Actual Forces at the head of the Supports or Bus Bar is less than Permissible Strength.

Forces on Insulation are within Limits.

**Mechanical Strength of the Busbar**

Mechanical strength of a busbar can be calculated using:

Since we have two bus strips per phase then our inertia modulus is 14.45.

The mechanical strength of our busbar is

The allowable strength of a busbar is 12 Kg/mm^{2}.

Our actual busbar’s strength is still within allowable value.

**Temperature Rise of the Busbar**

The maximum temperature rise (**T _{1}**) is 35

^{o}C.

The calculated maximum temperature rise (**T _{2}**) is

Calculated busbar temperature rise is less than specified maximum temperature rise.

**Final Result**

Size of the busbar = 2 busbars 75x10mm each Phase.

Number of feeders = 3.

Total number of busbar = 6 busbars 75x10mm for phase and 1 busbar 75x10mm for neutral.

Electromagnetic forces at the tip of the supports of busbar (F) = 3 Kg/mm^{2}.

Mechanical strength of the busbar = 0.7 Kg/mm^{2}.

Maximum temperature rise = 30^{o}C.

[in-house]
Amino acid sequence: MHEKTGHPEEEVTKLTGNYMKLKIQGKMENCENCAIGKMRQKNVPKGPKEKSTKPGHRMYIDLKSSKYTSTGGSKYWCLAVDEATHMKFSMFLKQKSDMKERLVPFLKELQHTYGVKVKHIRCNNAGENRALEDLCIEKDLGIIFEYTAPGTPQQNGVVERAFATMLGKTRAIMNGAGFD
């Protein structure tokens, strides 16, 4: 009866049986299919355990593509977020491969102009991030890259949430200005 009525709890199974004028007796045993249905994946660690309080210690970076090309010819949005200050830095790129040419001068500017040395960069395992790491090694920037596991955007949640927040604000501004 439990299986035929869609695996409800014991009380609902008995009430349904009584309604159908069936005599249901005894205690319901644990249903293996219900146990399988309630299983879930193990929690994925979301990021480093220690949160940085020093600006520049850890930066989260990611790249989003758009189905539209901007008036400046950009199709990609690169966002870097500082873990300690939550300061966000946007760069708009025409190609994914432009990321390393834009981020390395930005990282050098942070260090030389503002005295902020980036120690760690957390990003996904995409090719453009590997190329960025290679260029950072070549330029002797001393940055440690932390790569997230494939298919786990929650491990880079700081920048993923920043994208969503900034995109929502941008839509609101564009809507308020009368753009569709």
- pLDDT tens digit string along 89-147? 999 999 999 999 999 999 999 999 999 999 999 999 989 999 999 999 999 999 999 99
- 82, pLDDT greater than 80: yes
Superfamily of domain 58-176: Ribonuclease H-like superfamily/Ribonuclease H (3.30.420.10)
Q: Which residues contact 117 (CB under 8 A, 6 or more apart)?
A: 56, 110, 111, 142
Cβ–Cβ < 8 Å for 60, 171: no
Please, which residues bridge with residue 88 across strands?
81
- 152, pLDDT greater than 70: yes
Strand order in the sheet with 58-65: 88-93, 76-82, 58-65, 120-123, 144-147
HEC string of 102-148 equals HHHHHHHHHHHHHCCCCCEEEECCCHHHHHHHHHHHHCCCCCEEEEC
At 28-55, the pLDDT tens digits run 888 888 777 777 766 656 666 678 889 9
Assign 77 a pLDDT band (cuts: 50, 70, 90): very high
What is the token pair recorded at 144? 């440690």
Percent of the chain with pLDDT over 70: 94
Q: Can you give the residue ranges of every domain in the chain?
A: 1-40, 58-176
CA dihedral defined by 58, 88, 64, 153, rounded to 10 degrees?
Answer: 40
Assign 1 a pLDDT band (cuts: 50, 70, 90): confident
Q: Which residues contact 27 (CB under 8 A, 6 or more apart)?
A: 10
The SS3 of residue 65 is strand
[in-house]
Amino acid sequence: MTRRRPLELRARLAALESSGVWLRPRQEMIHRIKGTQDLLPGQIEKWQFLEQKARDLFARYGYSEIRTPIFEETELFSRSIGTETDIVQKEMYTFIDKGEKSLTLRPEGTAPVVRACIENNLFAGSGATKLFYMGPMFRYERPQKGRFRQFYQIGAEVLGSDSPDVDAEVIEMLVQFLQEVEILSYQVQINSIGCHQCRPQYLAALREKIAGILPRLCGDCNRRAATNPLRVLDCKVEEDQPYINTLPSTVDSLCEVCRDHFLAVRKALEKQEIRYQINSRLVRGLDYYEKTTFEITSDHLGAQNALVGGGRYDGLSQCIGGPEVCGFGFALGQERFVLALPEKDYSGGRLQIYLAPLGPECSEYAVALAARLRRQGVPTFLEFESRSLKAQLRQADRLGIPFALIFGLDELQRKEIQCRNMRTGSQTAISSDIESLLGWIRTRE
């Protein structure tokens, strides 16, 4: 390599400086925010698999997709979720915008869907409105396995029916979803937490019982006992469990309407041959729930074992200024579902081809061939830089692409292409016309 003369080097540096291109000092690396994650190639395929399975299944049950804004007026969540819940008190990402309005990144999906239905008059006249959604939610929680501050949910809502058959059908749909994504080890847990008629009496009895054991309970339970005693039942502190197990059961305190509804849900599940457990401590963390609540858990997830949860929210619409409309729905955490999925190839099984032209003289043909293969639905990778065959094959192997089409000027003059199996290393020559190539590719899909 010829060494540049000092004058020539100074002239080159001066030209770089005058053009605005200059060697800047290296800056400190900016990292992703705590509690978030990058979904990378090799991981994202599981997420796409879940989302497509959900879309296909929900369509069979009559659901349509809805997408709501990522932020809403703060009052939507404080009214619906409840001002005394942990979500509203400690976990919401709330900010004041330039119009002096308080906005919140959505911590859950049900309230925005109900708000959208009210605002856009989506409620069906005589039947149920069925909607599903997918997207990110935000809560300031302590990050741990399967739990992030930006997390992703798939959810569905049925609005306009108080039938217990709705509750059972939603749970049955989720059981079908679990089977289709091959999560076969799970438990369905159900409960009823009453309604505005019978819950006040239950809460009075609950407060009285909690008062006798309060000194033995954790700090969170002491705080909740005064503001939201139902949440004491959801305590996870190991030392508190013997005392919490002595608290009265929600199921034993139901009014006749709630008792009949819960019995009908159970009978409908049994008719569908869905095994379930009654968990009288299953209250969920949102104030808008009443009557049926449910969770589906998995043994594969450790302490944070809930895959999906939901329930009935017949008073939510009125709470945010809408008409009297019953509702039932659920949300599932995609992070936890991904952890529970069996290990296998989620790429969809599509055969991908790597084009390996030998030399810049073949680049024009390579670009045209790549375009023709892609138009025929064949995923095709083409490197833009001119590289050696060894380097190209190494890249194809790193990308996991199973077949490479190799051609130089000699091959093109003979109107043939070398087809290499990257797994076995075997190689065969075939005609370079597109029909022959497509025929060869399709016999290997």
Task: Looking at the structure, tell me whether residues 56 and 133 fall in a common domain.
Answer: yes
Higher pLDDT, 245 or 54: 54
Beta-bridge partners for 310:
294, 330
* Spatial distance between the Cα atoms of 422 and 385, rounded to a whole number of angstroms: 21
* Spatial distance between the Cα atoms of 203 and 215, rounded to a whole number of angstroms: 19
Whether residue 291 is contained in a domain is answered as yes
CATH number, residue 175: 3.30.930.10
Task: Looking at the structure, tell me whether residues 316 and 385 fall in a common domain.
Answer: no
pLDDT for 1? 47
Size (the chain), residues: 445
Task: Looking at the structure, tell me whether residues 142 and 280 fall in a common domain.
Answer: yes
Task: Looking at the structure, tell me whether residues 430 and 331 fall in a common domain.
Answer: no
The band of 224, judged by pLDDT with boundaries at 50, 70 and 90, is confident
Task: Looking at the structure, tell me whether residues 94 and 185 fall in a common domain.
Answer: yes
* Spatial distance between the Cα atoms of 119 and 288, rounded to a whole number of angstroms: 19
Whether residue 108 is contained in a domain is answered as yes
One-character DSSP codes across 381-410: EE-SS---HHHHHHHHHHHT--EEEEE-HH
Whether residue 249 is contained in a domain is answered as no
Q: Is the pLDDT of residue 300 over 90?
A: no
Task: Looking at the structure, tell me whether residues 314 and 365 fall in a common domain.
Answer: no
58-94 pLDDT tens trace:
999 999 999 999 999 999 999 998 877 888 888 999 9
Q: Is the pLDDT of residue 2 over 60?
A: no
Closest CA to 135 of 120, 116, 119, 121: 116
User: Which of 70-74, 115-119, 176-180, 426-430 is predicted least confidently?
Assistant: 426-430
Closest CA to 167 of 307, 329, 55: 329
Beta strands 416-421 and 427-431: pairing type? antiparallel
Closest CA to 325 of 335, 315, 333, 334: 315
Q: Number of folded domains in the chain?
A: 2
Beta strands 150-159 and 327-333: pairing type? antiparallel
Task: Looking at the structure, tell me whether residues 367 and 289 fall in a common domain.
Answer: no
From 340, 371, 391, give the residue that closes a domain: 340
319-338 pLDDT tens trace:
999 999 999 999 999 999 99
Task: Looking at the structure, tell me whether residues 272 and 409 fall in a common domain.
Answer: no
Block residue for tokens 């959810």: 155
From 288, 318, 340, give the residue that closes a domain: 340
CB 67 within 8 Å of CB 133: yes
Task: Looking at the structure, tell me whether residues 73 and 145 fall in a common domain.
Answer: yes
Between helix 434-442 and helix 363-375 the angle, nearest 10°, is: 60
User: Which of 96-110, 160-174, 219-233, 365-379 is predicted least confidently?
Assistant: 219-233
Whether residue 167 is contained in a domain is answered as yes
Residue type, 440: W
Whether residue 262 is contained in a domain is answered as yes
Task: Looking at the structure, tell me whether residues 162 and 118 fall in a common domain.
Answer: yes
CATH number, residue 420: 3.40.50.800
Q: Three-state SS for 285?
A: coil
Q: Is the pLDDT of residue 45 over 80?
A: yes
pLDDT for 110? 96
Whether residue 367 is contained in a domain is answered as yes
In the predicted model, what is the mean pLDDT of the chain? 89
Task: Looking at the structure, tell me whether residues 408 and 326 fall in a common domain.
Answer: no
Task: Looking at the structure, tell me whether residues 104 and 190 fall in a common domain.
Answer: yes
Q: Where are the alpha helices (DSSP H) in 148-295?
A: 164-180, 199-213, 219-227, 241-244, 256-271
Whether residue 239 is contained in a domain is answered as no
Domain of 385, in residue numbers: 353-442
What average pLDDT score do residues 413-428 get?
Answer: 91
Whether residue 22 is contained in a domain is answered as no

**Earthing Busbar Size Calculation**

Earth conductor size PE measured in Sq.mm can be calculated from:

Where:

I_{fault} = fault current (A)

t(s) = operating time (s)

k = constant of the material

The constant of the material can be read from the list below:

Example:

Assume that we have to calculate an earthing busbar size for 20 kA fault current at 0.5s using GI material.

You could use a 50×3.5 mm or 25×8 mm busbar.

**Calculate Busbar Size and Voltage Drop**

Since we have done the busbar size calculation, we will skip to its voltage drop calculation.

And we need to remind you that we can’t calculate voltage without knowing the values of the current and resistance.